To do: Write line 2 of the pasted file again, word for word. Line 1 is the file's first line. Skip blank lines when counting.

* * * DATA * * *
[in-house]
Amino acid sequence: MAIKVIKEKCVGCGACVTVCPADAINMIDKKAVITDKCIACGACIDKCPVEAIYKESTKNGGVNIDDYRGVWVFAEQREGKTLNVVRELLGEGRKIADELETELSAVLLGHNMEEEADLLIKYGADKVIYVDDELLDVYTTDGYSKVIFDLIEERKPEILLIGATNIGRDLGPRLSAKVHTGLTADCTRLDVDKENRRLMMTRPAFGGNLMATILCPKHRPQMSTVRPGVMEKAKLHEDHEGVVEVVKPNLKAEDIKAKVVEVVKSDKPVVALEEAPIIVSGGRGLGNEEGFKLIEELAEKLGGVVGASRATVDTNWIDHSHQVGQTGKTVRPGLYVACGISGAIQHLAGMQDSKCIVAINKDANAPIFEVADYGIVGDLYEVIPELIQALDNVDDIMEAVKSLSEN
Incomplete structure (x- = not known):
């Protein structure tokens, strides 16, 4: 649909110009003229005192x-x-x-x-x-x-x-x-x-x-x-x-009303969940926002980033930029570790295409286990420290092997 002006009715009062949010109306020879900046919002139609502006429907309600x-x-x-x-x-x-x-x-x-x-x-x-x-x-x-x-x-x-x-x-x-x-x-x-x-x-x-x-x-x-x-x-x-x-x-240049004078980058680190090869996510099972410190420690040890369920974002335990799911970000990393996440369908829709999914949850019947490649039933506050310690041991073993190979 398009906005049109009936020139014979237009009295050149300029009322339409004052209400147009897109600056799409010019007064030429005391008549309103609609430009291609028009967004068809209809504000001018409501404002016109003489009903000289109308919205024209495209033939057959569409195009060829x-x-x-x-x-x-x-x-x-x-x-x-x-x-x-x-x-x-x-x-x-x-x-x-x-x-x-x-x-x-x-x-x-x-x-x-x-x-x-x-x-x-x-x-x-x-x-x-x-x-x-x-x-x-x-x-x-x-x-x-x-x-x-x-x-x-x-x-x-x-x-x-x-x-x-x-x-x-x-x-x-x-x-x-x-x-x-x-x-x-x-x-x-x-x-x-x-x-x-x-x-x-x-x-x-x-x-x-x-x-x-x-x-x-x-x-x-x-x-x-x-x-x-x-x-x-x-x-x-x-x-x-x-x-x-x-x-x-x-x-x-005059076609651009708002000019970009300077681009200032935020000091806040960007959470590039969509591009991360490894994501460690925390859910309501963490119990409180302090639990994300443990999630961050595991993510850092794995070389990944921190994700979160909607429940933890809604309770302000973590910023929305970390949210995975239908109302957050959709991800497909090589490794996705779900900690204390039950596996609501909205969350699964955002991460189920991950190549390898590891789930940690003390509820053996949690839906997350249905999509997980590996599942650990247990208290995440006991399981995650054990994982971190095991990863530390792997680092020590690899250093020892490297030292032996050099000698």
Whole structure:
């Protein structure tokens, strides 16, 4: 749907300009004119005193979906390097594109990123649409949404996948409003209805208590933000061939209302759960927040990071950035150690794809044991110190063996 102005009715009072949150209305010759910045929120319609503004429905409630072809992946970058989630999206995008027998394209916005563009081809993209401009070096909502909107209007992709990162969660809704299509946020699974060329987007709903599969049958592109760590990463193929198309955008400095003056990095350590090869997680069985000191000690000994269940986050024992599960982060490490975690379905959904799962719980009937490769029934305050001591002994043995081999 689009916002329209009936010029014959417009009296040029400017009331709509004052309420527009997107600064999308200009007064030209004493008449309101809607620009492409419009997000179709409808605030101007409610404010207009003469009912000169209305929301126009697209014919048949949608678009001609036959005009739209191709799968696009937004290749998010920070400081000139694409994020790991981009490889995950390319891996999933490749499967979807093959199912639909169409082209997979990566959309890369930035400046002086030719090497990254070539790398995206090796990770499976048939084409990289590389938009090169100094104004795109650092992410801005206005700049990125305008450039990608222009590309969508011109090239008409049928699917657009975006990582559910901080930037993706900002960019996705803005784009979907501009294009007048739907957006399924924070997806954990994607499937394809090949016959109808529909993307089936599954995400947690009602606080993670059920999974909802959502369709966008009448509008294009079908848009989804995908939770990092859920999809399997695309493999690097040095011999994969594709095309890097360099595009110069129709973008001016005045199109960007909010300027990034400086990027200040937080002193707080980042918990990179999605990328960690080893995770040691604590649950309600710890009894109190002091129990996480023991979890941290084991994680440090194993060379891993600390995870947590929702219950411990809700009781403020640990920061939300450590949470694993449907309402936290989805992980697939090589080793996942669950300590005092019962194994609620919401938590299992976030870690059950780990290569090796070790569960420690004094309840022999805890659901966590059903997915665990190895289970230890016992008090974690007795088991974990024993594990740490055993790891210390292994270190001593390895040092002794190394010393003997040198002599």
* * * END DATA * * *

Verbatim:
Amino acid sequence: MAIKVIKEKCVGCGACVTVCPADAINMIDKKAVITDKCIACGACIDKCPVEAIYKESTKNGGVNIDDYRGVWVFAEQREGKTLNVVRELLGEGRKIADELETELSAVLLGHNMEEEADLLIKYGADKVIYVDDELLDVYTTDGYSKVIFDLIEERKPEILLIGATNIGRDLGPRLSAKVHTGLTADCTRLDVDKENRRLMMTRPAFGGNLMATILCPKHRPQMSTVRPGVMEKAKLHEDHEGVVEVVKPNLKAEDIKAKVVEVVKSDKPVVALEEAPIIVSGGRGLGNEEGFKLIEELAEKLGGVVGASRATVDTNWIDHSHQVGQTGKTVRPGLYVACGISGAIQHLAGMQDSKCIVAINKDANAPIFEVADYGIVGDLYEVIPELIQALDNVDDIMEAVKSLSEN